Table 1 Iron isotope and published major, trace element, μ142Nd, and μ182W data for 3.7 North Terrane ISB samples.

LOI, loss on ignition.

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Fig. 1 Covariation of measured δ57Fe values with elemental and isotopic tracers.

(A) δ57Fe vs. MgO, (B) δ57Fe vs. μ182W, (C) δ57Fe vs. Lu/Hf, and (D) δ57Fe vs. Zr/Nd. Large blue circles show the Isua samples analyzed for Fe-isotopes, with 2 SD error bars. ISB, Isua Supracrustal Belt samples studied [Northern Terrane 3.72-Ga suite; (9, 10); PM, primitive mantle; MORB, average mid-ocean ridge basalts; see (21) and Materials and Methods for sources of iron isotope and trace element data, respectively]. The dashed blue lines are regression curves fitted to the data; R2 values are shown for reference. The green model curves in (B) to (D) show mixing calculations between a 50% upper mantle melt of the cumulate-derived lithology and a 30% melt of depleted upper mantle peridotite (model details given in the main text and Materials and Methods). Ticks show mixing proportions in 10% intervals.

Other explanations are therefore required to explain the substantial range in δ57Fe observed, and, in particular, the heavy δ57Fe of the most primitive samples. Given that igneous processes, crustal assimilation, and postmagmatic alteration can be ruled out, we can now consider explanations that relate to the Fe isotope composition or lithology of the mantle source region from which these magmas were derived. It has also been proposed that pyroxenite lithologies melting within the mantle can create melts with heavy δ57Fe signatures as a consequence of mineral-specific isotope partitioning effects [e.g., (21)]. However, mantle pyroxenite components are readily identified through positive correlations between δ57Fe and radiogenic isotope signatures indicative of crustal origins (31, 32), and these are not observed in the ISB samples. Direct entrainment of heavy-δ57Fe crustal material into the mantle source region(s) sampled by the ISB melts is also an unlikely explanation due to the high concentration of Fe in the mantle relative to oceanic crust and sediments.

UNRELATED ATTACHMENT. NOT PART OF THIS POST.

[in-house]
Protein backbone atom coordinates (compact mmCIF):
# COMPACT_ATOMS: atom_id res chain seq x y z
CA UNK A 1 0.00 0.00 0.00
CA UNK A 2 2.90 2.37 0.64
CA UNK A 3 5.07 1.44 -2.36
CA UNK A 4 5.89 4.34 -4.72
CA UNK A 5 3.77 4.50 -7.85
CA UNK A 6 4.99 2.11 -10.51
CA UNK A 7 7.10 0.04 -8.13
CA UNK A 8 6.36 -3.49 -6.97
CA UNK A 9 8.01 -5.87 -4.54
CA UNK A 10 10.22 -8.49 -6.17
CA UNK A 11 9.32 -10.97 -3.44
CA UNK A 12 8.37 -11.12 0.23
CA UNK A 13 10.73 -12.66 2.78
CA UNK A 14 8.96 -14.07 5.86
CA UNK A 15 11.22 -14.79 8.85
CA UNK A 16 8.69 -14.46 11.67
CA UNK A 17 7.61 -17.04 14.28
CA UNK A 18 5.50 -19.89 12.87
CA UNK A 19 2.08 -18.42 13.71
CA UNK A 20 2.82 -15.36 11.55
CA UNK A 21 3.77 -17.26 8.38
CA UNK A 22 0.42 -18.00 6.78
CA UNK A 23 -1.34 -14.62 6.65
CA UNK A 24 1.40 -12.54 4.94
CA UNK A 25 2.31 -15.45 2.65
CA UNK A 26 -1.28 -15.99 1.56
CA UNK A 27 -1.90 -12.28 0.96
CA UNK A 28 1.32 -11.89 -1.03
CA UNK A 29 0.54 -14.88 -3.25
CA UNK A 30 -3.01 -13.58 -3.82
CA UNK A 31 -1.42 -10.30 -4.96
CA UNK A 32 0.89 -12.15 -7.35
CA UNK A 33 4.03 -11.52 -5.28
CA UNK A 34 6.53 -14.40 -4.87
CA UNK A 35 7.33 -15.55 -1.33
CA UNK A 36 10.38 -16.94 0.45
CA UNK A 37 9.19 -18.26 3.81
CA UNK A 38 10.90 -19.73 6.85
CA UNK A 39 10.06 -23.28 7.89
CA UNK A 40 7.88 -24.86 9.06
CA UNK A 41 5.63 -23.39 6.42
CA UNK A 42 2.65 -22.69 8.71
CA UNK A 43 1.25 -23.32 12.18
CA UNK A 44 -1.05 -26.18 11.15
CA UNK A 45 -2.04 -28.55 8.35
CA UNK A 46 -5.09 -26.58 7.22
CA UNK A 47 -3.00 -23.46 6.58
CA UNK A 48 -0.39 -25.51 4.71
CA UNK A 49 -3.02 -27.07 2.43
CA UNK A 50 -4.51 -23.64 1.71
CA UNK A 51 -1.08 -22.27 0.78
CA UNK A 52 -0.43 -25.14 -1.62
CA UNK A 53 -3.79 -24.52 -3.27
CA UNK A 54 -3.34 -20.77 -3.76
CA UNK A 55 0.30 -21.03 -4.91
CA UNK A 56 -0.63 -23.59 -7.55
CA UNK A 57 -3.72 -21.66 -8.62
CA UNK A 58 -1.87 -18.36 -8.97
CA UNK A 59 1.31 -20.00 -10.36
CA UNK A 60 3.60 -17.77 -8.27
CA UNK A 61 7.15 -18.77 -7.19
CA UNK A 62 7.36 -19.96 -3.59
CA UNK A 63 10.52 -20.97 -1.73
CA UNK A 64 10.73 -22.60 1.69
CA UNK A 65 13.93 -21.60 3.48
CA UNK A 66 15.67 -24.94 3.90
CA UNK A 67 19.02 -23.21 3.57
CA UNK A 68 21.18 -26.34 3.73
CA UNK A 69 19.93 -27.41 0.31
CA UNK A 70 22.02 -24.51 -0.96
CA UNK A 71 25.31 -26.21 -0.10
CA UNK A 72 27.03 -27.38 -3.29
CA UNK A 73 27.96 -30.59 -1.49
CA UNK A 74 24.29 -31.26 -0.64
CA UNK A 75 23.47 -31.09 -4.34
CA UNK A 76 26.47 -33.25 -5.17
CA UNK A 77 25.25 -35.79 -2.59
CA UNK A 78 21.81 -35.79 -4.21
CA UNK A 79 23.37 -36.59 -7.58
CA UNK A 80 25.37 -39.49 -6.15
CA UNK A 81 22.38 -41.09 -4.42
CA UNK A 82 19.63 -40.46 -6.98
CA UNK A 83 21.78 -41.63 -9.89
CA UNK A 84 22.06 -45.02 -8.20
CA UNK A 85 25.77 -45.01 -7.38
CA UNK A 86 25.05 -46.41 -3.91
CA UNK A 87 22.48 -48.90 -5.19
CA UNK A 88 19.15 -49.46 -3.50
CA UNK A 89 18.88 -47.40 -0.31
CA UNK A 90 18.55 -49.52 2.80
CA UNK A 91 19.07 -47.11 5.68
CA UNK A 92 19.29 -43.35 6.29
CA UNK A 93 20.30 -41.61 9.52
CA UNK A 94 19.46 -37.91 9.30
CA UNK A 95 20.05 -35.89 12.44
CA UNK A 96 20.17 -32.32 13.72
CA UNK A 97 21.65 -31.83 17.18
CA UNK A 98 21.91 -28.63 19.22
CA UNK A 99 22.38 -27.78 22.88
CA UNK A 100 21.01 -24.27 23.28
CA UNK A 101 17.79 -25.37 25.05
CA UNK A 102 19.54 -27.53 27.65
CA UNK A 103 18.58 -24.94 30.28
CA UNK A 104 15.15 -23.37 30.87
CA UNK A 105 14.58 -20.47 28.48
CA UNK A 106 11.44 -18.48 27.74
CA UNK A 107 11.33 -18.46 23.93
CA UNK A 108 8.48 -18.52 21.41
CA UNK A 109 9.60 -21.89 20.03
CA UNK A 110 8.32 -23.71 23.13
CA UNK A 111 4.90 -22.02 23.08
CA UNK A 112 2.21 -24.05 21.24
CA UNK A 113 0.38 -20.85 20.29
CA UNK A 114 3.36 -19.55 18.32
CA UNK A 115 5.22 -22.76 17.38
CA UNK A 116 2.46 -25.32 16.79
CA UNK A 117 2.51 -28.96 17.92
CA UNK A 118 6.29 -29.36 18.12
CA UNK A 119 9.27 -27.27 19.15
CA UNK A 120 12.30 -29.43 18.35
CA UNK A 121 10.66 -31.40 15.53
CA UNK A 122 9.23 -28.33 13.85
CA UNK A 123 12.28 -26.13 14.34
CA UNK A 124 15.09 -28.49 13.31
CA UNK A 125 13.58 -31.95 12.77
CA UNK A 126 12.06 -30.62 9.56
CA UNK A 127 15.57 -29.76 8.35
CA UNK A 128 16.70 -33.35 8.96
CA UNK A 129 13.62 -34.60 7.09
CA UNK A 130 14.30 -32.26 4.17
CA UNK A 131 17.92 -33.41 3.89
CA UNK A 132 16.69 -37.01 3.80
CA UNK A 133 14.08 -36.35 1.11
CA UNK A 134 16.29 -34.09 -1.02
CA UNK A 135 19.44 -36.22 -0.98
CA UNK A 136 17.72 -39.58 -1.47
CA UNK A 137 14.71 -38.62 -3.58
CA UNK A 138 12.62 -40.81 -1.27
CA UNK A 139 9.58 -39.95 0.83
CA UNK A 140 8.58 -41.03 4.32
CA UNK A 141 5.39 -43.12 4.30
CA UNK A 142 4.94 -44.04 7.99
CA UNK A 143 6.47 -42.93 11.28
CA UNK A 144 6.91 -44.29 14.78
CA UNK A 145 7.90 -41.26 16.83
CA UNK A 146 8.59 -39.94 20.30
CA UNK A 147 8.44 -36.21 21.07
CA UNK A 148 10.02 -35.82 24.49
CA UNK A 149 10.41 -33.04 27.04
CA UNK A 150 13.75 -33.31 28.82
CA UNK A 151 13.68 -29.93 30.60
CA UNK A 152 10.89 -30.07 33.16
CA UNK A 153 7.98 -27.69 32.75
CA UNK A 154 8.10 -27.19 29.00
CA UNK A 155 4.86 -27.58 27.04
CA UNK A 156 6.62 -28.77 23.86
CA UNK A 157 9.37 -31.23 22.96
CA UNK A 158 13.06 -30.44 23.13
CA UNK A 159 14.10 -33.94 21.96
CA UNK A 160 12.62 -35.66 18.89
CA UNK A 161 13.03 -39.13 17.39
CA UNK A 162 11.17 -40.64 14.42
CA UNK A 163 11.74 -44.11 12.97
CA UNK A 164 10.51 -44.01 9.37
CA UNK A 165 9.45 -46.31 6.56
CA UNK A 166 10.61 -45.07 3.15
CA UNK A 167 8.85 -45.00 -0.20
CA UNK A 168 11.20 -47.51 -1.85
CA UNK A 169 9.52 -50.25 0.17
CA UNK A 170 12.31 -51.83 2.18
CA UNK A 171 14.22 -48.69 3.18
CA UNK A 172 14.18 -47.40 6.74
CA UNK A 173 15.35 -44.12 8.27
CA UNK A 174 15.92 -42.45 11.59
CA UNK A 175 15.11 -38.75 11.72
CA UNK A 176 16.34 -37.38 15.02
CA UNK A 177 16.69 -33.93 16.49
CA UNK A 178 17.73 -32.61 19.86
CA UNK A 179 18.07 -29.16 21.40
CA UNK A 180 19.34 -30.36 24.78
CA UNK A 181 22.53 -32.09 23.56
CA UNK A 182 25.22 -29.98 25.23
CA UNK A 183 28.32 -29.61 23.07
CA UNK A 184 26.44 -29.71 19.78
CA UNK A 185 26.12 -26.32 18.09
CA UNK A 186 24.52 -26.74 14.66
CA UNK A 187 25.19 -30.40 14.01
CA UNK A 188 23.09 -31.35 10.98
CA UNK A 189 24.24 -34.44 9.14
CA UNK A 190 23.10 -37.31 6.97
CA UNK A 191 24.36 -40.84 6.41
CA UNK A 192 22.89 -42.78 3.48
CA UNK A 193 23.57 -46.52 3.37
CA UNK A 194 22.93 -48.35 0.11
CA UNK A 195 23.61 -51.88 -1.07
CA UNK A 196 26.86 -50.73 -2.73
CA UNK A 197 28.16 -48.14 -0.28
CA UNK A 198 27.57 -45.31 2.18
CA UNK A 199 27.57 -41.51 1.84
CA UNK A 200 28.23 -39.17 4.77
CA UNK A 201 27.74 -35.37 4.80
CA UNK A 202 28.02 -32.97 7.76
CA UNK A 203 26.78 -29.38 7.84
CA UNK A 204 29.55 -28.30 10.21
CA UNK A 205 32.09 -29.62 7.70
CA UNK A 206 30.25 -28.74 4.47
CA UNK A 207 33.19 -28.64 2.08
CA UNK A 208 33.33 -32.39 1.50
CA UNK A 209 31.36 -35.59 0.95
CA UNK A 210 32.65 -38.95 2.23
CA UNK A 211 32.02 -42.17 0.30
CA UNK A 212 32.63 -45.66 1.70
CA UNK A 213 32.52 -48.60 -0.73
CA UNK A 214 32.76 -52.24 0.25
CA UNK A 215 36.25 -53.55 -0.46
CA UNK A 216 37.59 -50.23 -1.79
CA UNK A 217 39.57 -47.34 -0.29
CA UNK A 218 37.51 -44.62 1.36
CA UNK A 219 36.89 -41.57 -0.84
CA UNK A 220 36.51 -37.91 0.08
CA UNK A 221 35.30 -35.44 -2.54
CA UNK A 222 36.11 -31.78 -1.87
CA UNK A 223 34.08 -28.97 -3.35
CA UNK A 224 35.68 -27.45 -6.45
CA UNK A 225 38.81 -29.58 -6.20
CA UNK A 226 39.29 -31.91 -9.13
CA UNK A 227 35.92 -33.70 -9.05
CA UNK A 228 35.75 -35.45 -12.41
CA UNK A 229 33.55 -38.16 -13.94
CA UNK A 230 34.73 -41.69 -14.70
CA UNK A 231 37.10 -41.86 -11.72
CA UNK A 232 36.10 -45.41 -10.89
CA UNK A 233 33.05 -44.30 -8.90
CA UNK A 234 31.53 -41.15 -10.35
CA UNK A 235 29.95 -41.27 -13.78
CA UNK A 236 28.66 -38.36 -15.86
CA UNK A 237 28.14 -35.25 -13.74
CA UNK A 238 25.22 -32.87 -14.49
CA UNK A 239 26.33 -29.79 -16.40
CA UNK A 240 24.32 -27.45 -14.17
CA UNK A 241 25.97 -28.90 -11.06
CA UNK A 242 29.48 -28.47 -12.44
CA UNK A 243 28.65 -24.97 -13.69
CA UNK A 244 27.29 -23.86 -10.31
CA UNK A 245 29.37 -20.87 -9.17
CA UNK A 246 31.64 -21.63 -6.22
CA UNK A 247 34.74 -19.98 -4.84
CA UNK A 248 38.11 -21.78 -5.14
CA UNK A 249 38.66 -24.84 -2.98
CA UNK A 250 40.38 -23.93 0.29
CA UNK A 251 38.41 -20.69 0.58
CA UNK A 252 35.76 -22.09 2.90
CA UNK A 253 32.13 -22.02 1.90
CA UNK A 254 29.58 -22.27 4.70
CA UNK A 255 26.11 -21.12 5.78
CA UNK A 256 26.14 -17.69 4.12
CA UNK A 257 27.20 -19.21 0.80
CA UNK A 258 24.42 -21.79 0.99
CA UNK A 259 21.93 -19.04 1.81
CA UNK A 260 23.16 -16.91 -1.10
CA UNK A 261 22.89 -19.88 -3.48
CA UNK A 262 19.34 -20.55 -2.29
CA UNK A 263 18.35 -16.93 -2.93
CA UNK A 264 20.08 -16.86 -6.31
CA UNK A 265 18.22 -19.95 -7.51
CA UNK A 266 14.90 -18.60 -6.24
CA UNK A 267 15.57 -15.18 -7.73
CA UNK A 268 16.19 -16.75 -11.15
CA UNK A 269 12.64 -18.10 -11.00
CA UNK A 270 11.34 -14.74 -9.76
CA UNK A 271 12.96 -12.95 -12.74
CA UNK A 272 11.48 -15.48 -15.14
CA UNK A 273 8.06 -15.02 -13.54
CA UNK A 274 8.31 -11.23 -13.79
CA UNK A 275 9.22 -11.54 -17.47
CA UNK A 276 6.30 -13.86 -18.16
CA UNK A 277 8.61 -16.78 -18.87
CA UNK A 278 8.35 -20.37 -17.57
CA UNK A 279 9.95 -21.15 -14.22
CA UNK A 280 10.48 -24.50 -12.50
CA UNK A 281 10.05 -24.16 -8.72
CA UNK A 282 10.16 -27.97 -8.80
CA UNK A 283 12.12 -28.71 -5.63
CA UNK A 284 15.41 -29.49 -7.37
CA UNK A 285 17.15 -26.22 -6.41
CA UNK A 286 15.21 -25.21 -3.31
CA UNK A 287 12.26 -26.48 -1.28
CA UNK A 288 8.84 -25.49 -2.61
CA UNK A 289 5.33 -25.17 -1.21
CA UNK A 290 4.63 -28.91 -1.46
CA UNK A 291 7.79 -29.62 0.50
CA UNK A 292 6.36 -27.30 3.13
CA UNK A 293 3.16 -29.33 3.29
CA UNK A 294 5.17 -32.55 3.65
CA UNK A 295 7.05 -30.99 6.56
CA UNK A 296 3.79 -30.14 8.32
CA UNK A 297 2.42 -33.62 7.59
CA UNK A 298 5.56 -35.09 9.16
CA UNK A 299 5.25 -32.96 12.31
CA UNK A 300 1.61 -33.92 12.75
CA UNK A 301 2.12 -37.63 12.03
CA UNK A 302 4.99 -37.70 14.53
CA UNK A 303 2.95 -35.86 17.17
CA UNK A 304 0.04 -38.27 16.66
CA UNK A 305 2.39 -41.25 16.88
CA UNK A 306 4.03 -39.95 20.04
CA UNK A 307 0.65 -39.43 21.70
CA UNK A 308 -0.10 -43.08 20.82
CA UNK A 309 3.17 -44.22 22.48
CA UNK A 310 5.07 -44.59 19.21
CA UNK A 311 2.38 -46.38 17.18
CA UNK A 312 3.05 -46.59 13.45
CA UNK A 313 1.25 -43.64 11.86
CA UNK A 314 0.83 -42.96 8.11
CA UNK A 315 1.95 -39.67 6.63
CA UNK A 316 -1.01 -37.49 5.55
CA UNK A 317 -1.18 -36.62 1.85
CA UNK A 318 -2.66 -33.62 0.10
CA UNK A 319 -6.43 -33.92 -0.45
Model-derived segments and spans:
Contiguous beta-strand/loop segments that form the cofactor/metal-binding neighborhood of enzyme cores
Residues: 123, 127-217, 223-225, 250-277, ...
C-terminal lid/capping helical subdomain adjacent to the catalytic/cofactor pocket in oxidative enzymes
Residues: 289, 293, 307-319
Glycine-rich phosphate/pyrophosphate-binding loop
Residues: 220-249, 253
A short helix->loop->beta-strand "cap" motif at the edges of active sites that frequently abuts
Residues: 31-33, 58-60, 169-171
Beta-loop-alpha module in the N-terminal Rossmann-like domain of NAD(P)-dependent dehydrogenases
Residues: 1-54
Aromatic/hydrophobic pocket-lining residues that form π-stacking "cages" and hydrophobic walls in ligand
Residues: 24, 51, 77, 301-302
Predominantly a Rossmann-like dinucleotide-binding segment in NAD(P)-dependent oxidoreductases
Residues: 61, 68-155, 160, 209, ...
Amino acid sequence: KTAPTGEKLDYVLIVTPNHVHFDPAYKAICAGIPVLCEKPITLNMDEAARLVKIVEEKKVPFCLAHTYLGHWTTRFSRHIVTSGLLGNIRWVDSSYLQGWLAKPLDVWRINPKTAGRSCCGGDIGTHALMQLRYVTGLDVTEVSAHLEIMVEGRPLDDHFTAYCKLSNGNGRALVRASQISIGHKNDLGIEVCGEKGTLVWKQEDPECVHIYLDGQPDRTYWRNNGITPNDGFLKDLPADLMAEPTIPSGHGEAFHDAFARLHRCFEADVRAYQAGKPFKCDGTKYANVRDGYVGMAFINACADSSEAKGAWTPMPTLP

Experimental and theoretical studies suggest that the lower mantle phases bridgmanite and low-spin ferropericlase may preferentially incorporate isotopically heavy Fe relative to high-spin ferropericlase and iron metal (14, 15, 19). Although the exact magnitude of this isotope partitioning at the relevant conditions is not well known, the overall direction of fractionation suggests that the lower mantle will acquire a heavy δ57Fe signature as a consequence of the bridgmanite-driven disproportionation of FeO into Fe3+ (which partitions into bridgmanite) and Fe0 metal, which is removed to the core. A lower mantle (bridgmanite and calcium perovskite–bearing cumulate) origin for the source region of the ISB samples has also been proposed on the basis of their decoupled initial 143Nd/144Nd and 176Hf/177Hf signatures and positive μ182W and μ142Nd values (9, 10). In this context, the most straightforward interpretation of the ISB heavy δ57Fe values and positive δ57Fe-μ182W correlation in Fig. 1A is that the latter represents the mixing of melts derived from two endmember domains, one with δ57Fe and μ182W signatures close to those inferred for the primitive upper mantle (δ57Fe = 0.04‰, μ182W = 0 by definition) and the other with positive μ182W and elevated δ57Fe, originally derived from the lower mantle, but now melting in the upper mantle.

Critically, any such model must also be able to resolve the decoupled initial 143Nd/144Nd and 176Hf/177Hf ratios of the ISB samples with their μ142Nd values, major and trace element compositions. Melting an upper mantle source region that formed from a bridgmanite cumulate residual from magma ocean crystallization should yield melts with demonstrable enrichment in HFSE relative to elements of similar compatibility, due to the affinity of HFSE for bridgmanite and their relative incompatibility in major upper mantle silicate phases (orthopyroxene, clinopyroxene, garnet, and olivine). However, the ISB samples display depletions in HFSE relative to elements of similar incompatibility rather that the enrichment that would be expected if they were derived from the direct melting of a bridgmanite cumulate in the upper mantle, where it would undergo phase change to an orthopyroxene-dominated lithology. This is evident in Fig. 1 (C and D), where δ57Fe displays a strong positive correlation with Lu/Hf and a negative correlation with Zr/Nd.